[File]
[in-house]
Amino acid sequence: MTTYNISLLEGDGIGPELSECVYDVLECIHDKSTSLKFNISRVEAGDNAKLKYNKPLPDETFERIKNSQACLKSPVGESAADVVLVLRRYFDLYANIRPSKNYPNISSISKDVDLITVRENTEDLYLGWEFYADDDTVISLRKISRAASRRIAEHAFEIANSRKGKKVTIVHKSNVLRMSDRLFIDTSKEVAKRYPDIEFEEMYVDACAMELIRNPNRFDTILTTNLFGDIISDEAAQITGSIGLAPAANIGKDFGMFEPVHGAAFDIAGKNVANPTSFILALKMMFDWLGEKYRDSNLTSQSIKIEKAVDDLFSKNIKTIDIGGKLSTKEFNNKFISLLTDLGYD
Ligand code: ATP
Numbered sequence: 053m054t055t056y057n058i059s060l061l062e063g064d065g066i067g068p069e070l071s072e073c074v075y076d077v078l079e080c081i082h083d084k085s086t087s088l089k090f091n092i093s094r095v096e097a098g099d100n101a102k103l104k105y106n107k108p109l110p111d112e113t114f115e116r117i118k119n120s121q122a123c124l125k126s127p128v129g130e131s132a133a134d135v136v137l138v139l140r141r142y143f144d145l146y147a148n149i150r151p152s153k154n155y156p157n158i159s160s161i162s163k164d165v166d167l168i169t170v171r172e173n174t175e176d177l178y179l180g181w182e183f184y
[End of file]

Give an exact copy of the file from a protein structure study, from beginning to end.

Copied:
[in-house]
Amino acid sequence: MTTYNISLLEGDGIGPELSECVYDVLECIHDKSTSLKFNISRVEAGDNAKLKYNKPLPDETFERIKNSQACLKSPVGESAADVVLVLRRYFDLYANIRPSKNYPNISSISKDVDLITVRENTEDLYLGWEFYADDDTVISLRKISRAASRRIAEHAFEIANSRKGKKVTIVHKSNVLRMSDRLFIDTSKEVAKRYPDIEFEEMYVDACAMELIRNPNRFDTILTTNLFGDIISDEAAQITGSIGLAPAANIGKDFGMFEPVHGAAFDIAGKNVANPTSFILALKMMFDWLGEKYRDSNLTSQSIKIEKAVDDLFSKNIKTIDIGGKLSTKEFNNKFISLLTDLGYD
Ligand code: ATP
Numbered sequence: 053m054t055t056y057n058i059s060l061l062e063g064d065g066i067g068p069e070l071s072e073c074v075y076d077v078l079e080c081i082h083d084k085s086t087s088l089k090f091n092i093s094r095v096e097a098g099d100n101a102k103l104k105y106n107k108p109l110p111d112e113t114f115e116r117i118k119n120s121q122a123c124l125k126s127p128v129g130e131s132a133a134d135v136v137l138v139l140r141r142y143f144d145l146y147a148n149i150r151p152s153k154n155y156p157n158i159s160s161i162s163k164d165v166d167l168i169t170v171r172e173n174t175e176d177l178y179l180g181w182e183f184y